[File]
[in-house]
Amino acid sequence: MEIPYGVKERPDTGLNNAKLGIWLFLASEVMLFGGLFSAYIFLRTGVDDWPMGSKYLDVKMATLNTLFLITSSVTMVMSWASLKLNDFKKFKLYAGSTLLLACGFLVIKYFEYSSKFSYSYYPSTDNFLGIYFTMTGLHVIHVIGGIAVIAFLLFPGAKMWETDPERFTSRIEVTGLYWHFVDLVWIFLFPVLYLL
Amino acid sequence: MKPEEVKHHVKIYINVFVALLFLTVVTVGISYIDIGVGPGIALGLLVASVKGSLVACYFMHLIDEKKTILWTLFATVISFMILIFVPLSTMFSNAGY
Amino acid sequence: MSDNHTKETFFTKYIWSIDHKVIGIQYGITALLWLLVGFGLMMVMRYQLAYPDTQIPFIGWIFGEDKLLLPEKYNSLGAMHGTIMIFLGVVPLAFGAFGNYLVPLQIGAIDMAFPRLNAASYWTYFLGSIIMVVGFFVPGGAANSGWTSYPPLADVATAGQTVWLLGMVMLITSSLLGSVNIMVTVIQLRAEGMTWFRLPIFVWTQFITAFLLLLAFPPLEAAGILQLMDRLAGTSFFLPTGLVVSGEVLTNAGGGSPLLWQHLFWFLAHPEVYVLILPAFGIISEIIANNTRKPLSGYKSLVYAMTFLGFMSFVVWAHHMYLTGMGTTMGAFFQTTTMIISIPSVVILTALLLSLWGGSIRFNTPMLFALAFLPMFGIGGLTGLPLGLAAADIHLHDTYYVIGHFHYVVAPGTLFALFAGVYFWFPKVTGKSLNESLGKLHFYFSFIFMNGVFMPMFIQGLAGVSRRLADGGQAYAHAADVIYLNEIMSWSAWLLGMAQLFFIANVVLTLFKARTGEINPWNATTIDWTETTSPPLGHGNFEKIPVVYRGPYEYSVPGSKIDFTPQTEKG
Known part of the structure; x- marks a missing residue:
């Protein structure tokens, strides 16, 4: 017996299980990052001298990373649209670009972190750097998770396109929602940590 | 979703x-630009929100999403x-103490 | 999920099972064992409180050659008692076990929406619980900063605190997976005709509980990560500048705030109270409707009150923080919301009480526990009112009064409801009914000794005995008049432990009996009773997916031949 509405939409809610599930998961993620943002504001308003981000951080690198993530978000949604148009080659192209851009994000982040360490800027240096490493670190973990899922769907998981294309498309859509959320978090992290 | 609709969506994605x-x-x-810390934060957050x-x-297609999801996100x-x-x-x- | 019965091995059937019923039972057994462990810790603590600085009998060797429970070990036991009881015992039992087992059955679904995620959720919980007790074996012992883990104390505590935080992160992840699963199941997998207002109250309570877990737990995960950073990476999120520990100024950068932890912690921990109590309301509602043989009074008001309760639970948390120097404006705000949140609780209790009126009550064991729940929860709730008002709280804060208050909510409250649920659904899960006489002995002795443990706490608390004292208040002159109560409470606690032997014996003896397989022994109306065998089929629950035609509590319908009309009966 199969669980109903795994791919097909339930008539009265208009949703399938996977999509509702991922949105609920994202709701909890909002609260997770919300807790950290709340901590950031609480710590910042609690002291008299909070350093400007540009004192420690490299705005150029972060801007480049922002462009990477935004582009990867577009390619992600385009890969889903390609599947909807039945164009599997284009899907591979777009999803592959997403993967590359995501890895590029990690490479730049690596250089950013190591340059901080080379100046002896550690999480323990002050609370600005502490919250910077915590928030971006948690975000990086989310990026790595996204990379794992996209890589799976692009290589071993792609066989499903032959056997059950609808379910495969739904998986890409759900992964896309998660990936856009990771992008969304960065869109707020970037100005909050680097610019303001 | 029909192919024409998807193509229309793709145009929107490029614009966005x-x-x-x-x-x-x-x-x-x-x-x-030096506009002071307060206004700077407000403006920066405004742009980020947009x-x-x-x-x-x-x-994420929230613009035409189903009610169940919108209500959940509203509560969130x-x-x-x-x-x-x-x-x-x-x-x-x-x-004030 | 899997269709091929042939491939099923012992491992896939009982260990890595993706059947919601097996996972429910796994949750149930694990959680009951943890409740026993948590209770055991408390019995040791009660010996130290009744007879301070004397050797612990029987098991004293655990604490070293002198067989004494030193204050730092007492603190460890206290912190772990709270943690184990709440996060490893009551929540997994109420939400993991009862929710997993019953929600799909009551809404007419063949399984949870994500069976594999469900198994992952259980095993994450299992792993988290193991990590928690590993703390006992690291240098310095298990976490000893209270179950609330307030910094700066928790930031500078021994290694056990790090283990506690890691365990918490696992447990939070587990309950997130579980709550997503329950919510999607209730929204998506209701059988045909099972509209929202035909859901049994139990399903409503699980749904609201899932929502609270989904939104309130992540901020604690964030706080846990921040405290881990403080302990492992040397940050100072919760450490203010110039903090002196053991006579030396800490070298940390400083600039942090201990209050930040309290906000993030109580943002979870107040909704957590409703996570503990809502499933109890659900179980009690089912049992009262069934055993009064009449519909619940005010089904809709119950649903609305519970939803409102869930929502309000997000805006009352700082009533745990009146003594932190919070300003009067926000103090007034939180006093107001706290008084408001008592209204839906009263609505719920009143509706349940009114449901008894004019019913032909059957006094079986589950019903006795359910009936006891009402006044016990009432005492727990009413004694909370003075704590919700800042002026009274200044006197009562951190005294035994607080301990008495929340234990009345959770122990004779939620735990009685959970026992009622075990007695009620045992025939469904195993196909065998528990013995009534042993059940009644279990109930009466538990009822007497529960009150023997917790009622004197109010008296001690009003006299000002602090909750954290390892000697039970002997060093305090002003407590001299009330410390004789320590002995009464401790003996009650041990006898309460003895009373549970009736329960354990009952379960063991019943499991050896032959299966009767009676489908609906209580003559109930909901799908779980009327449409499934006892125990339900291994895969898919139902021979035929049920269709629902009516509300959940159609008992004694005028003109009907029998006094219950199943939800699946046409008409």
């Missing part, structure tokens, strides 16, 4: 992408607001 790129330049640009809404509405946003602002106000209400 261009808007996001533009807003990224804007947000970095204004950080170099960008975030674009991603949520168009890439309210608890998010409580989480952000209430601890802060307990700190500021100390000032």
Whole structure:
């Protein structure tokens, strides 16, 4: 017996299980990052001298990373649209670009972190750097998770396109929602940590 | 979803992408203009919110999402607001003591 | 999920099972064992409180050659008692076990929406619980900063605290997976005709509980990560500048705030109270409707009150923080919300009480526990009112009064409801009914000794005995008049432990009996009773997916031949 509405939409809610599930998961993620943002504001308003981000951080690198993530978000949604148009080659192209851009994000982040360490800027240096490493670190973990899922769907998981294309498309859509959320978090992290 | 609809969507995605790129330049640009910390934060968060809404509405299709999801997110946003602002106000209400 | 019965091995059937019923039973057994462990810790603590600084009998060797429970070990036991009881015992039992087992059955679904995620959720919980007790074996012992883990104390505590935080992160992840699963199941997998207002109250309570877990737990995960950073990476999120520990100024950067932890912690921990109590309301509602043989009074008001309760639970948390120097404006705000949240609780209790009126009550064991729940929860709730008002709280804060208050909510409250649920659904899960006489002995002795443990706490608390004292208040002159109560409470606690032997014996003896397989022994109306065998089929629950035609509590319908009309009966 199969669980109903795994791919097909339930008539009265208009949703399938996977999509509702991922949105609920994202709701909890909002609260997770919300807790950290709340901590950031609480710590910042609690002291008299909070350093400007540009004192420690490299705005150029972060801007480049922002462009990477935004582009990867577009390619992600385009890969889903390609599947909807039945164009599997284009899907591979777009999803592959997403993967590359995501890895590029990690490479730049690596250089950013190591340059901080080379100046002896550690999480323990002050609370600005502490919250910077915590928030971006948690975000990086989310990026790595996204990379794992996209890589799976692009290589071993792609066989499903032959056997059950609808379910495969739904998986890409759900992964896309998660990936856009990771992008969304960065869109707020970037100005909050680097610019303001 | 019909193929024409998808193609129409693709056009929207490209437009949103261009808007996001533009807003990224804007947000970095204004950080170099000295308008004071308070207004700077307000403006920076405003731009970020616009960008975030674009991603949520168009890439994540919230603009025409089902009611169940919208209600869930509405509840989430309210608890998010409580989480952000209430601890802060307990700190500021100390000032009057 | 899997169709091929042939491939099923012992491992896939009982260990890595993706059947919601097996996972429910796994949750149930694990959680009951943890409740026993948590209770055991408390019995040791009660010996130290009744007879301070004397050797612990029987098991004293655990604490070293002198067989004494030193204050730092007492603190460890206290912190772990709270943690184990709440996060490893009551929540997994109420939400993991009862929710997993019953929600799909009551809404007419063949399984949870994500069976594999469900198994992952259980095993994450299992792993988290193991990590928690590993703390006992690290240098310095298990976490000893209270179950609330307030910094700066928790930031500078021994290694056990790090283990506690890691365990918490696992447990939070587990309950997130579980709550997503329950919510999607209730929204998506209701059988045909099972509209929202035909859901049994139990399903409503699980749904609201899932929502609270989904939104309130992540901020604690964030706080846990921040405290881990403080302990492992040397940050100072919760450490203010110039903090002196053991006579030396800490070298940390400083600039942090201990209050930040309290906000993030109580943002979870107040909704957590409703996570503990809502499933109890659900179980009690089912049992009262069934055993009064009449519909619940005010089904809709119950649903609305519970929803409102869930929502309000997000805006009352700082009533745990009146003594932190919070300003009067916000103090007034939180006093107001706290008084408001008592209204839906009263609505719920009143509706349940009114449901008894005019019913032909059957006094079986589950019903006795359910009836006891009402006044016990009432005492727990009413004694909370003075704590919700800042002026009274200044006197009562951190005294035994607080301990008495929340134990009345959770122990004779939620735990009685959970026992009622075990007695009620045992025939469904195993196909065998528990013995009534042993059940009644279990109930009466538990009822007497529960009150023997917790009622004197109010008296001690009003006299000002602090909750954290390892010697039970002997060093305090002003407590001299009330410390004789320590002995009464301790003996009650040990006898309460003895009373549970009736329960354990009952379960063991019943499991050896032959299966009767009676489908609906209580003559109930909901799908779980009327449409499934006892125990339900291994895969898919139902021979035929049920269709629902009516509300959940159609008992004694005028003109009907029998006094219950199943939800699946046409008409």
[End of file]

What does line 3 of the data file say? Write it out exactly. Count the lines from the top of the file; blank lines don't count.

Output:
Amino acid sequence: MKPEEVKHHVKIYINVFVALLFLTVVTVGISYIDIGVGPGIALGLLVASVKGSLVACYFMHLIDEKKTILWTLFATVISFMILIFVPLSTMFSNAGY